I have said time and again that the best way to network is to stop networking…and start building (long-term) relationships. There are no cookie-cutter approaches to networking but there are many bad ones. In this article, I want to focus on what is NOT your networking score.
#1 Number of business cards you have
Everyone has lots of business cards. I have a few thousand of them and I am sure you do too. Half of the people in those business cards, you won’t remember and the other half won’t remember you 🙂
#2 Number of networking meetings you attend
Of course, what you do in those meetings is more important. There are people who complain that networking meetings won’t work just like thousands of poor people who say “money is bad.” These people won’t do anything in a networking meeting. Forget about extending their hand, their posture in the meetings is such that even others won’t extend their hands to them.
#3 Your LinkedIn contact count
I like LinkedIn. There are a dozen ways of using it well and probably a hundred ways of using it badly. Of course, the easy option is to use it badly 🙁
#4 Number of Professional Networking organizations you are a member of
In what capacity you are a member is very important. How much do you contribute to the group?
#5 Size of your alumni network
Again, it really means nothing. It is an entry ticket to something that can be substantial. YOu might get the first meeting or a referral – so there may be something there but we all know that – it’s not everything.
#6 Number of books you have read on this topic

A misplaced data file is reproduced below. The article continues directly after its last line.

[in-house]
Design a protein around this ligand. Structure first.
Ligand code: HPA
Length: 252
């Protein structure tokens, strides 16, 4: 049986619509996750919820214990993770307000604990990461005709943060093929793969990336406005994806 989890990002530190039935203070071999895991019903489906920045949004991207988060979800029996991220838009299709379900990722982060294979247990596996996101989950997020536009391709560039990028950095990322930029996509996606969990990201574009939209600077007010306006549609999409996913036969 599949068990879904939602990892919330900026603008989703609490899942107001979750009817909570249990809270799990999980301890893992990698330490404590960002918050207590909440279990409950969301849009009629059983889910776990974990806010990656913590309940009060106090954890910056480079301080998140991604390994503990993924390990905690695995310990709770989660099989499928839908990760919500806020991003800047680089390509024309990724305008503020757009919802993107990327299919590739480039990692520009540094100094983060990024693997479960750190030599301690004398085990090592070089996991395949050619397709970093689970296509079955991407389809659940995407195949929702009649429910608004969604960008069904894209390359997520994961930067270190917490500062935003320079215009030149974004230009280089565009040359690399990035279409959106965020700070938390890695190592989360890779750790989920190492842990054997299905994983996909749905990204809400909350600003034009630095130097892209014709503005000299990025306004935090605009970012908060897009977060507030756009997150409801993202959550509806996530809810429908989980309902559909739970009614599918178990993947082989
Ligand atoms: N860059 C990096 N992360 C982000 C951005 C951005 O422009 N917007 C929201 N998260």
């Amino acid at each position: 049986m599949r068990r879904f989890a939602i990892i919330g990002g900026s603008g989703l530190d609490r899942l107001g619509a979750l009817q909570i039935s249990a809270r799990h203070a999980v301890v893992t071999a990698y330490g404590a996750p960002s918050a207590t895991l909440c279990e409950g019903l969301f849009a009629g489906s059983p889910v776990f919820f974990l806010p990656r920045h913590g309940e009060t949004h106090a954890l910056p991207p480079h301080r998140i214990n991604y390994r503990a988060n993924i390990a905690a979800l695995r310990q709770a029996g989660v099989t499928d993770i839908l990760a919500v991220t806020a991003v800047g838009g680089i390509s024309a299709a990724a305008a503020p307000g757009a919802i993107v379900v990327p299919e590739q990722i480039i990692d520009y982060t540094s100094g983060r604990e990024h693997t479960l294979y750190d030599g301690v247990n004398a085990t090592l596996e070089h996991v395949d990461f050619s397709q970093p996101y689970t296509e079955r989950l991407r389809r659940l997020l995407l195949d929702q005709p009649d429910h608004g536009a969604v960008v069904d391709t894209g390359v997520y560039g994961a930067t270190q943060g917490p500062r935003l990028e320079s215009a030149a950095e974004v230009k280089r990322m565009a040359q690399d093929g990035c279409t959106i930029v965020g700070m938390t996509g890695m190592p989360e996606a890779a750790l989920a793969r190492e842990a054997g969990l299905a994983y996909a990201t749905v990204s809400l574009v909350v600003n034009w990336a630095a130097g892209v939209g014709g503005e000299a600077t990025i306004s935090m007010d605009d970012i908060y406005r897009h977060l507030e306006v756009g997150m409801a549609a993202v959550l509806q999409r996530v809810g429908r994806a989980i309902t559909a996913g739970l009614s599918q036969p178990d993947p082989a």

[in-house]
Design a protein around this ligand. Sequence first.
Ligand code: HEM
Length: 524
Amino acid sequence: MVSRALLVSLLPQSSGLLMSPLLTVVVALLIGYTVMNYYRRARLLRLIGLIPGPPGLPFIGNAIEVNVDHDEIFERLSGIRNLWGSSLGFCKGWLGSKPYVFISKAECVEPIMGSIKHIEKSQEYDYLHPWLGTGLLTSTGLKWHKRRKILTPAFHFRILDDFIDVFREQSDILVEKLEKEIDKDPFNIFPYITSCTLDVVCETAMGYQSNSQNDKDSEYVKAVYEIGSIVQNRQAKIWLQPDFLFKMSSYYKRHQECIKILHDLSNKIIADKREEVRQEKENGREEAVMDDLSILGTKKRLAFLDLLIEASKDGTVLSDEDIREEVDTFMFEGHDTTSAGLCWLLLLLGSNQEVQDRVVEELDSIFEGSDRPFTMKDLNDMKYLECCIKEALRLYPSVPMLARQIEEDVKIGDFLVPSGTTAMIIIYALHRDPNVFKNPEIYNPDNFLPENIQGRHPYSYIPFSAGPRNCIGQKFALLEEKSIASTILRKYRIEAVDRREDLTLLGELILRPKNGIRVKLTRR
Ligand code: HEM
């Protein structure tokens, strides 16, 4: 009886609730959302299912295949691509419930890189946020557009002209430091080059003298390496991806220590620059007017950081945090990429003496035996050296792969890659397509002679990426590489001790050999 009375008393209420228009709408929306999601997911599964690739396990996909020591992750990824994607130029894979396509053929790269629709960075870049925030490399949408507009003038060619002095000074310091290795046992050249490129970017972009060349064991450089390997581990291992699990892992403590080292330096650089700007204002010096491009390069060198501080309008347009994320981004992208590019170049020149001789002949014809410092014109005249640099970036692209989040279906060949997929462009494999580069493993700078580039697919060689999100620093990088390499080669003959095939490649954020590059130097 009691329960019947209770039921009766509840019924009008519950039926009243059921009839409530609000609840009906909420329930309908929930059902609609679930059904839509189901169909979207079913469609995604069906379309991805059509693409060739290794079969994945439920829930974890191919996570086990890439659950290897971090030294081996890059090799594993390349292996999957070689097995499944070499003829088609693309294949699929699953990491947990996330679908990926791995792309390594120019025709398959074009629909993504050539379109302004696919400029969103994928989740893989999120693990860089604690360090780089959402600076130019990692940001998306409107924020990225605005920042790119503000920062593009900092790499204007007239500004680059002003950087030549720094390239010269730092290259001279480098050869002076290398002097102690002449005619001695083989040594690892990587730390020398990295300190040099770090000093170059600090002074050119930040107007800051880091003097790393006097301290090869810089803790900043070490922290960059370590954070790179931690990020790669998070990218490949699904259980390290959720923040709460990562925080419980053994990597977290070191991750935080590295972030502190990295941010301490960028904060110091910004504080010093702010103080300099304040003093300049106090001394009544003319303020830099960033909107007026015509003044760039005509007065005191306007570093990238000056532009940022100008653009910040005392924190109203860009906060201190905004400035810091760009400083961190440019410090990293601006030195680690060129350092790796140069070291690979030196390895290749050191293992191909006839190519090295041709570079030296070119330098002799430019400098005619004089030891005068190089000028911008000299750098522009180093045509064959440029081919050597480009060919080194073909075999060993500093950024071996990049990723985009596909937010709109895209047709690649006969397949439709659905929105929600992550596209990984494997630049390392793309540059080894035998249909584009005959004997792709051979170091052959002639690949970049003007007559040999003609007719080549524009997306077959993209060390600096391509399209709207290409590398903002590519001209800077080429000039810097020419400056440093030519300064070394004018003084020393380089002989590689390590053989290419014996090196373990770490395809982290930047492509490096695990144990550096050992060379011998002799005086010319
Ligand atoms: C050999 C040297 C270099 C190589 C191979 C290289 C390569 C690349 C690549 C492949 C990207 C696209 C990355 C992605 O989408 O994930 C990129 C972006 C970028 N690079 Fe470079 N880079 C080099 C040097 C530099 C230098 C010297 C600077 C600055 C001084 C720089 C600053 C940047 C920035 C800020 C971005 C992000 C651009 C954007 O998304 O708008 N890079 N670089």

Just like you can’t learn swimming by reading about swimming – books help but you can’t achieve mastery by books alone. Networking is a contact sport. The easiest way is to be there on the field, on the phone and via emails.
#7 Number of companies you have worked
In one of my networking talks someone told me that he had an advantage as he had worked in eight companies in the last twelve years. That in itself won’t be of ANY use. In fact, some people might think the number of companies and the frequency of switching jobs was a bit too much. What did the people think of you in these companies may be a better indicator.
#8 Number of tools that you use to manage relationships
Well, tools do matter because you can’t remember everything. However, you can also use tools very badly. A bad mail merge can be worse than not sending a mail at all.
#9 Number of achievements (or feathers in your cap)
Unless these are really really big achievements, they won’t matter much. There will be more meaning to this if you can bring out the relevance of your achievements on the fly. There is no entitlement without relevance.
#10 Number of contact points with your relationships
This looks like I am contradicting with my earlier point. I said earlier that networking is a contact sport and you need to get out. Yes, but you can’t waste anybody else’s time. Time is something that is at short supply for every powerful person as they have a lot of possibilities. You may have a lot of time on your hand – does not mean that the person that you are meeting has time to spare for you. You don’t provide a high ROII for that meeting and every other interaction, you can forget about another meeting.